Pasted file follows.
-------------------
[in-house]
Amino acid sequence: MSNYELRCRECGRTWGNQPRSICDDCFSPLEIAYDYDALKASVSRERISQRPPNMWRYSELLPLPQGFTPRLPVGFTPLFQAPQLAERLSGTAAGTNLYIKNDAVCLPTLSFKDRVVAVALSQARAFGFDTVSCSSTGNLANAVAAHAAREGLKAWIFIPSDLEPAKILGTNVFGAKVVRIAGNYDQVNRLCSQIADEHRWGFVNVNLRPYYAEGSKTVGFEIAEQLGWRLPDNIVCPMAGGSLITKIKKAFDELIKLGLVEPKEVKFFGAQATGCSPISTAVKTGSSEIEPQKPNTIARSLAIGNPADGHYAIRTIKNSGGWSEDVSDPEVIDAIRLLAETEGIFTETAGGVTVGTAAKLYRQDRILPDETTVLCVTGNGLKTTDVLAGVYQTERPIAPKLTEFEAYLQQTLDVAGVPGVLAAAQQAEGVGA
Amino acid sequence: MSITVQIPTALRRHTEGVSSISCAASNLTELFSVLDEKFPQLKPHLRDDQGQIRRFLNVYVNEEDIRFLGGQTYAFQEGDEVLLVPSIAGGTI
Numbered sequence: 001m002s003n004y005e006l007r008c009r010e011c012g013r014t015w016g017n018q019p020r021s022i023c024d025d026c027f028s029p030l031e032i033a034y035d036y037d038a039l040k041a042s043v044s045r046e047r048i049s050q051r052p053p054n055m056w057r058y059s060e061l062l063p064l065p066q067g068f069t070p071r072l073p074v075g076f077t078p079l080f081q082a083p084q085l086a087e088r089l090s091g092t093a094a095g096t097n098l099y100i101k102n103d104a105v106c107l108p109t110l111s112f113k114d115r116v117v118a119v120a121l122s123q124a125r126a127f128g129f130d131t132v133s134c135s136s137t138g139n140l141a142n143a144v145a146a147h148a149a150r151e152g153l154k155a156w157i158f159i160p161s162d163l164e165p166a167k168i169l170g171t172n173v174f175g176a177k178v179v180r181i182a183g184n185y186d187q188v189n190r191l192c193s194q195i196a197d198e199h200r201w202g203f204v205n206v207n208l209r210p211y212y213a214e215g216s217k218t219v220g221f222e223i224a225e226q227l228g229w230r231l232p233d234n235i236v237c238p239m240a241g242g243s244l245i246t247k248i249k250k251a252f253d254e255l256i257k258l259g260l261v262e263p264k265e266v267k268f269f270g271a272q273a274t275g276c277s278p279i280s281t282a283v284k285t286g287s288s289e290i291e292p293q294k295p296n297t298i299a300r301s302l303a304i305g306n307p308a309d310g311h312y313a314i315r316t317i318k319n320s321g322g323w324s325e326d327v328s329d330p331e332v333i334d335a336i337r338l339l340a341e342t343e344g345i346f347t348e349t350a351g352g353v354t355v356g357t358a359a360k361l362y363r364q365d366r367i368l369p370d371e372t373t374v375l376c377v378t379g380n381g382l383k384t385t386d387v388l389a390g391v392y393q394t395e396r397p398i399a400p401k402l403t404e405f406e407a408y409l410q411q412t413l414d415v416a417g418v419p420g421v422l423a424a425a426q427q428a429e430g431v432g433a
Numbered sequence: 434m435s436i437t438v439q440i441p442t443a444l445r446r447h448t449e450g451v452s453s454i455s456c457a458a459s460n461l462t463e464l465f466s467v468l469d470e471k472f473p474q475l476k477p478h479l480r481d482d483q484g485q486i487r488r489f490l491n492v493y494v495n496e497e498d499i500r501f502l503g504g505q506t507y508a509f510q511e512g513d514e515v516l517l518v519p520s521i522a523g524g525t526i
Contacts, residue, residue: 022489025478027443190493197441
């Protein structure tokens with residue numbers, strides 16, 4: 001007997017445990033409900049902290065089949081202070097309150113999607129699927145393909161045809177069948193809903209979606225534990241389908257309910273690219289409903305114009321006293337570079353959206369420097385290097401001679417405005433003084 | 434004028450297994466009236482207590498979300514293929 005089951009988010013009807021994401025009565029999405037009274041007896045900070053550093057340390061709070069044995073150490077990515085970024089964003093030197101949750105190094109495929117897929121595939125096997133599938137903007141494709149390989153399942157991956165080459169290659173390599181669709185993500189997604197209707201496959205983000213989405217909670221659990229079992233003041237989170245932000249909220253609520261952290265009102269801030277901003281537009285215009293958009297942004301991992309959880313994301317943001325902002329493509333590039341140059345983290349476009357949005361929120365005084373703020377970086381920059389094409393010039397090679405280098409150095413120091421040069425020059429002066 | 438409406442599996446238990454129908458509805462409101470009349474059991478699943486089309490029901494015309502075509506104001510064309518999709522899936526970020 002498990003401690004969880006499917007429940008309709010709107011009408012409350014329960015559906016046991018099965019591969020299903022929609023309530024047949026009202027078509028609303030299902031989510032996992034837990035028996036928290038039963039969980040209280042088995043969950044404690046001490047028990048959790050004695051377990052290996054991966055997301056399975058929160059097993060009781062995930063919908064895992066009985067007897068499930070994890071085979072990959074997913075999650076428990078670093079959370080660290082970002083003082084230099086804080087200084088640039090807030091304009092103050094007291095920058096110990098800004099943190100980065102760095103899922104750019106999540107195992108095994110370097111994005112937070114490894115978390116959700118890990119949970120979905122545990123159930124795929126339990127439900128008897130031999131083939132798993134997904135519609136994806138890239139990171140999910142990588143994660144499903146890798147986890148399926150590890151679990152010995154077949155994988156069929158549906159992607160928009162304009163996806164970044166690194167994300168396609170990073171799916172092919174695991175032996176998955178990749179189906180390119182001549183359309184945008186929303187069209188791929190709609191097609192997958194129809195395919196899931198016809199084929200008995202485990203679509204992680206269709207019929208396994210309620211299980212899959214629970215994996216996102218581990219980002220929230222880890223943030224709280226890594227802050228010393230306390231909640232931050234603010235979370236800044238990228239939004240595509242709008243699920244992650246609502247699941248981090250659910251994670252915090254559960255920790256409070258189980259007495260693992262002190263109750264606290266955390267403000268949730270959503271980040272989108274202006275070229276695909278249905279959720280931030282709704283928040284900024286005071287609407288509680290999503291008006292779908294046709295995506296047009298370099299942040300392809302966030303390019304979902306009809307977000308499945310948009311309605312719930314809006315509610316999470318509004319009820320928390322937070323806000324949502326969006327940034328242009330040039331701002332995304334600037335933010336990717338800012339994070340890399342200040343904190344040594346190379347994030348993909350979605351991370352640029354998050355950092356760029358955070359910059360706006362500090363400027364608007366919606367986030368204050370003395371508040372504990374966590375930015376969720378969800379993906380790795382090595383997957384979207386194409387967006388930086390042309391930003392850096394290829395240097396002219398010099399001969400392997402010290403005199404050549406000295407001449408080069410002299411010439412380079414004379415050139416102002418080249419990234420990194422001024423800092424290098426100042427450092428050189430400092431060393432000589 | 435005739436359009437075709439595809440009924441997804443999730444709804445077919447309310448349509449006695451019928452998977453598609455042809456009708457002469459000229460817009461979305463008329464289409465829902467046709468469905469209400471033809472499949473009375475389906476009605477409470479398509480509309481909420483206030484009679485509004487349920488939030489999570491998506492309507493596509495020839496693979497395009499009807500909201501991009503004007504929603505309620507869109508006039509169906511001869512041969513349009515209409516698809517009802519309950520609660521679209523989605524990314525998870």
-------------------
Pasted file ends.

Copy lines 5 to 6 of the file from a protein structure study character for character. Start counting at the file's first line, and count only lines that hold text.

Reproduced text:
Numbered sequence: 434m435s436i437t438v439q440i441p442t443a444l445r446r447h448t449e450g451v452s453s454i455s456c457a458a459s460n461l462t463e464l465f466s467v468l469d470e471k472f473p474q475l476k477p478h479l480r481d482d483q484g485q486i487r488r489f490l491n492v493y494v495n496e497e498d499i500r501f502l503g504g505q506t507y508a509f510q511e512g513d514e515v516l517l518v519p520s521i522a523g524g525t526i
Contacts, residue, residue: 022489025478027443190493197441